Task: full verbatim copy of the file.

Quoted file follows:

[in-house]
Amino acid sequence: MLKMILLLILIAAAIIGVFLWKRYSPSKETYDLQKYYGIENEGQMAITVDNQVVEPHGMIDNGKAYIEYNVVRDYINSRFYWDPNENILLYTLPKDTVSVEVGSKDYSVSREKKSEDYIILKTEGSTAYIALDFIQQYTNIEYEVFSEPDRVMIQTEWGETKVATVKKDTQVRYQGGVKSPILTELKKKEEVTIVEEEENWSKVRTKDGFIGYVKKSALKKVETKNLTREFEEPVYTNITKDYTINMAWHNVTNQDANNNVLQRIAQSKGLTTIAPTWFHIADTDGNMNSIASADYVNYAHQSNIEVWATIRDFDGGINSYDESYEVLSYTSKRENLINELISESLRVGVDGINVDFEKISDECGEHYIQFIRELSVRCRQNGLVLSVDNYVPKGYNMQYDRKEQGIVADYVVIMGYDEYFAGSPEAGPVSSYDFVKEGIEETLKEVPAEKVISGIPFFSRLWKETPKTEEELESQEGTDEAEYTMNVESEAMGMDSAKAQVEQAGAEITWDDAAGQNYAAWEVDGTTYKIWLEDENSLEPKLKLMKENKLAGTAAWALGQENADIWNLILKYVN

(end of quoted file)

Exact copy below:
[in-house]
Amino acid sequence: MLKMILLLILIAAAIIGVFLWKRYSPSKETYDLQKYYGIENEGQMAITVDNQVVEPHGMIDNGKAYIEYNVVRDYINSRFYWDPNENILLYTLPKDTVSVEVGSKDYSVSREKKSEDYIILKTEGSTAYIALDFIQQYTNIEYEVFSEPDRVMIQTEWGETKVATVKKDTQVRYQGGVKSPILTELKKKEEVTIVEEEENWSKVRTKDGFIGYVKKSALKKVETKNLTREFEEPVYTNITKDYTINMAWHNVTNQDANNNVLQRIAQSKGLTTIAPTWFHIADTDGNMNSIASADYVNYAHQSNIEVWATIRDFDGGINSYDESYEVLSYTSKRENLINELISESLRVGVDGINVDFEKISDECGEHYIQFIRELSVRCRQNGLVLSVDNYVPKGYNMQYDRKEQGIVADYVVIMGYDEYFAGSPEAGPVSSYDFVKEGIEETLKEVPAEKVISGIPFFSRLWKETPKTEEELESQEGTDEAEYTMNVESEAMGMDSAKAQVEQAGAEITWDDAAGQNYAAWEVDGTTYKIWLEDENSLEPKLKLMKENKLAGTAAWALGQENADIWNLILKYVN